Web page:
Dancing with the Virgin: Body and Faith in the Fiesta of Tortugas, New Mexico
Book Overview and Chapter Summaries

Deidre Sklar went to Tortugas, New Mexico, where an annual three-day fiesta honors the Virgin of Guadalupe, in order to seek answers to her questions about community, performance, and the embodiment of belief. How do we know what we know? Where do we belong, and how do we fit in? Sklar's own background and learned values form the conscious, constantly challenged raw material for the undertaking, and the intimate language of the body and sensation is her medium. Her ten-year study and movement analysis of the sacred dances and the "backstage" work involved in the festival take her deep into the life of the community, as dancer, participant-observer, and self-interrogating woman merge in a vividly narrated experience of "communal sacred time."

First Steps (Preface) poses the large questions of faith, community, and identity, introducing the author's strategy of looking not to texts but to the annual performance of the Tortugas fiesta in honor of Our Lady of Guadalupe, where answers are enacted and embodied. Ethnography, movement analysis, and narratives of cross-cultural encounter provide the tools for addressing the felt, bodily dimensions of spiritual knowledge.

Chap 1: Trip gives the history of Tortugas village, its fiesta, and its sponsoring organization, the Corporaçion Indigena de Nuestra Señora de Guadalupe. These are woven with an account of the author’s journey down the Rio Grande from Santa Fe through the southern New Mexico landscape to Tortugas village in Las Cruces.

Chap 2: From the Capilla to the Casa del Pueblo narrates the first night of the fiesta (December 10th), its sundown procession and the all-night velorio (wake) in the casa del pueblo. There, prayers and matachine dances are offered to the virgin. A sensory description of the virgin’s altar and a recounting of her originating narrative introduce the matachine dancers, los danzantes.

Chap 3: Dancing with the Virgin offers an in-depth evocation and analysis of
la danza (the matachine dance), including its history, dance characters (monarca, malinche, abuelo), movements, and the dance leader’s interpretation of “dancing with the virgin. The second section of the chapter moves to the casa de la comida (community kitchen) to introduce the preparatory backstage work of the fiesta. Reflections on the nature of “sacred work,” balancing voluntary labor with social obligation, and differences between the author’s and the people’s experience of community, are interspersed throughout.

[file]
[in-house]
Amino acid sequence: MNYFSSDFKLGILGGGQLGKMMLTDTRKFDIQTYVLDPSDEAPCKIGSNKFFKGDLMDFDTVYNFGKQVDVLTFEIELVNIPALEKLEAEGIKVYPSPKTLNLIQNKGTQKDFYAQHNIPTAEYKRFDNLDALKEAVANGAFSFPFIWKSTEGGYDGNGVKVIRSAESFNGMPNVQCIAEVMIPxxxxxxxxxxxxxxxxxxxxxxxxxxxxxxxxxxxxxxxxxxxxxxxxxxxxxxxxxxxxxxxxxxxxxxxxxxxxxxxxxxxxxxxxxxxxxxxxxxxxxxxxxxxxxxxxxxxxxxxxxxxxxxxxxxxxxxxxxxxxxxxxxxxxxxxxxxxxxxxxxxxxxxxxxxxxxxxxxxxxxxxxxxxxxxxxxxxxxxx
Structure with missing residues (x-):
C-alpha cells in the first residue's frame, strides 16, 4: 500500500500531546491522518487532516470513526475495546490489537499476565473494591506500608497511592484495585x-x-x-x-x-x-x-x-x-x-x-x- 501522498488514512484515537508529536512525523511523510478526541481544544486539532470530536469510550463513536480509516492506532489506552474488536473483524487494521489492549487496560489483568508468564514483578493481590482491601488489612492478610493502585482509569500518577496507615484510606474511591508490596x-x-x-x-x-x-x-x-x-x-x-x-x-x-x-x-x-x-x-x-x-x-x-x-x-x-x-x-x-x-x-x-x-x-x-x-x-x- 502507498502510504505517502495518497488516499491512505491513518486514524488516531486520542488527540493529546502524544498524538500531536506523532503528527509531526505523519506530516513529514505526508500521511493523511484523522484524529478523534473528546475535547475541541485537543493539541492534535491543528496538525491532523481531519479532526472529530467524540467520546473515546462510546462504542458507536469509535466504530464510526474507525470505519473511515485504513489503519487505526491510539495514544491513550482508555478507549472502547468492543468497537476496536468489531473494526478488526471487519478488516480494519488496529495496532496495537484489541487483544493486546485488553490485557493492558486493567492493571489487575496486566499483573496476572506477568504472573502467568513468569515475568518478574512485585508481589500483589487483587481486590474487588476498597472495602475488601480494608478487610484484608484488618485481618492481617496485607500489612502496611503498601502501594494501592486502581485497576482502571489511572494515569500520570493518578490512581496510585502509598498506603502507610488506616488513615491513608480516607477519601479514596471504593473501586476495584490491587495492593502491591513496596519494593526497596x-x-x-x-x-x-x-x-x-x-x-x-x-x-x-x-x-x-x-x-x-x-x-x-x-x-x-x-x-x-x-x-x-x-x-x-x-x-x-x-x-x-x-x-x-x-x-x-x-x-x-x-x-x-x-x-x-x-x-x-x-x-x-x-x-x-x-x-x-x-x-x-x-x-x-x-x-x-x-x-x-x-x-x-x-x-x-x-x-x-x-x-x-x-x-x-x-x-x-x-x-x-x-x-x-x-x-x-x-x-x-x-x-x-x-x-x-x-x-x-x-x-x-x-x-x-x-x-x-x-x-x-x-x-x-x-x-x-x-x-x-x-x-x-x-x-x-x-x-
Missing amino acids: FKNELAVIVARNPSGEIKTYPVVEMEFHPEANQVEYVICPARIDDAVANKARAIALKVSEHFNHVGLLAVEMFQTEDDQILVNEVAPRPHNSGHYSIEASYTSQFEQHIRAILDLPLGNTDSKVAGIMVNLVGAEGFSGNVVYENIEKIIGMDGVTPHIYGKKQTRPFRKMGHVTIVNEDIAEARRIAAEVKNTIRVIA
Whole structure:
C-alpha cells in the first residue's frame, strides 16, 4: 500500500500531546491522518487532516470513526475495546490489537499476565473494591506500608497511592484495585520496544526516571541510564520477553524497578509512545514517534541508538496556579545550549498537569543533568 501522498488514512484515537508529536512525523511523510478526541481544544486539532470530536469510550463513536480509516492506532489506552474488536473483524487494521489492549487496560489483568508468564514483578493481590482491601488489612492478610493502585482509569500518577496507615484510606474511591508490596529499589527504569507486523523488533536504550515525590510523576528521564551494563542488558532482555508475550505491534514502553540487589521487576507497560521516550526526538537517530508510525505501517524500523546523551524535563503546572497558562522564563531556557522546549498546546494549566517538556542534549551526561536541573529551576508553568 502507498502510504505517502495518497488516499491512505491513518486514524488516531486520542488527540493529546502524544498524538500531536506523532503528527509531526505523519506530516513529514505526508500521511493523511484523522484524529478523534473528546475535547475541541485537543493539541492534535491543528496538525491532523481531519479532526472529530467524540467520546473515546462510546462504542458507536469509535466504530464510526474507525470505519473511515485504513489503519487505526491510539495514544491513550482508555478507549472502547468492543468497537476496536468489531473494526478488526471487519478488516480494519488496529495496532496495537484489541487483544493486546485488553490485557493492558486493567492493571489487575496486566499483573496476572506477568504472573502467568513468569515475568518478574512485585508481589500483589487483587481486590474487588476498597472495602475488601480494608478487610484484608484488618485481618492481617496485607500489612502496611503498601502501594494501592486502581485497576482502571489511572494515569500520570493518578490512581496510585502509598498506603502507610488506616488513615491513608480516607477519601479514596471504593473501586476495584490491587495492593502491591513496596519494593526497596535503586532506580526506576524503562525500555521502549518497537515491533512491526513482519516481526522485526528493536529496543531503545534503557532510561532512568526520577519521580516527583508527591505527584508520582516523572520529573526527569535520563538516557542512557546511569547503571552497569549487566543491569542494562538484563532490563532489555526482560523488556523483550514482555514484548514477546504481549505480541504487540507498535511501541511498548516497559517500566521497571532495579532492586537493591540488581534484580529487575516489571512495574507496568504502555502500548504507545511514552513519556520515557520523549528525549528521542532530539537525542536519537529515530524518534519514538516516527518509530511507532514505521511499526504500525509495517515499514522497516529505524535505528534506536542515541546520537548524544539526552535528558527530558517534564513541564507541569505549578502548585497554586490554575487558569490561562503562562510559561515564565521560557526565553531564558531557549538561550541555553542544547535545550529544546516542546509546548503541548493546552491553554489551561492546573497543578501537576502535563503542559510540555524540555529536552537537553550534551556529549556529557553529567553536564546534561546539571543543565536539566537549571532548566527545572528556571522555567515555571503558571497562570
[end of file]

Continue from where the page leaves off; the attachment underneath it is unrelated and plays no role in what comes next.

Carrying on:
Chap 4: Choreography of the Kitchen depicts the layout and gendered spatial arrangement of the kitchens, the jokes, stories, and conversation that accompany work, and the women’s art of passing on cultural knowledge to resist assimilation. The danzantes arrive for a midnight meal, and the narrative turns to the discipline and strictness that enable their contemplative engagement with the virgin.

Chap 5: Pilgrimage begins at dawn on the second day (December 11th) with the climb of pilgrimage up Tortugas Mountain, addressing experiences of both communitas and alienation engendered by the mass event. The mountain top panorama prompts a discussion of Pueblo and Catholic spatial cosmologies. The chapter then shifts back to the village for the afternoon ritual of preparing albondigas (meatballs) in the casa de la comida, and, as evening begins, the firelit return of the climbers, their Pueblo chanting and march.

Chap 6: Granddaughter of Mama Luz presents one family of Pueblo Indian ancestry and compares their Pueblo indio beliefs, practices, and interpretations of history to those of their more Catholic indio neighbors. The comparison invites reflection on the ambiguities of descent and identity in Tortugas.

Chap 7: Ensayo Real evokes the Tigua Pueblo, or indio, dance through its final ensayo (practice) on the second night. Description of the introductory ceremonial whipping provides occasion for discussion of the relation between submission and spiritual power in the fiesta. The indio dance is brought to life through a verbal rendering of its music, steps, choreography and, especially, style compared with northern Pueblo corn dances. Woven with description are meditations on what it is to be “indio” in Tortugas, on bodily ways of learning and on the author’s experience of dancing.

Chap 8: The 12th follows events on the final day (December 12th): the morning High Mass, including the investiture of new majordomos, dancing in the plazas surrounding the church, the feast for three hundred in the casa de la comida, and the climactic late afternoon procession in which the virgin is passed from this to next year’s majordomos. Here, the sensorial and symbolic associations that have built throughout the book are worked into a collage of words that evince the experience of presence, belief, and community.

Chap 9: The Movement Does Not Stop steps back from the experience-near perspective of the previous chapters to re-view, re-consider, and draw conclusions in wider contexts. Spiritual experience is considered as a “doing,” rather than a text, and as a transFormation enacted upon oneself through the details of performance. Commentary covers similarities and differences between aesthetic and spiritual knowledge, the relation between language and bodily experience; the fiesta’s transFormative process compared to writing’s transFormative process, and future possibilities for a body and movement based research methodology.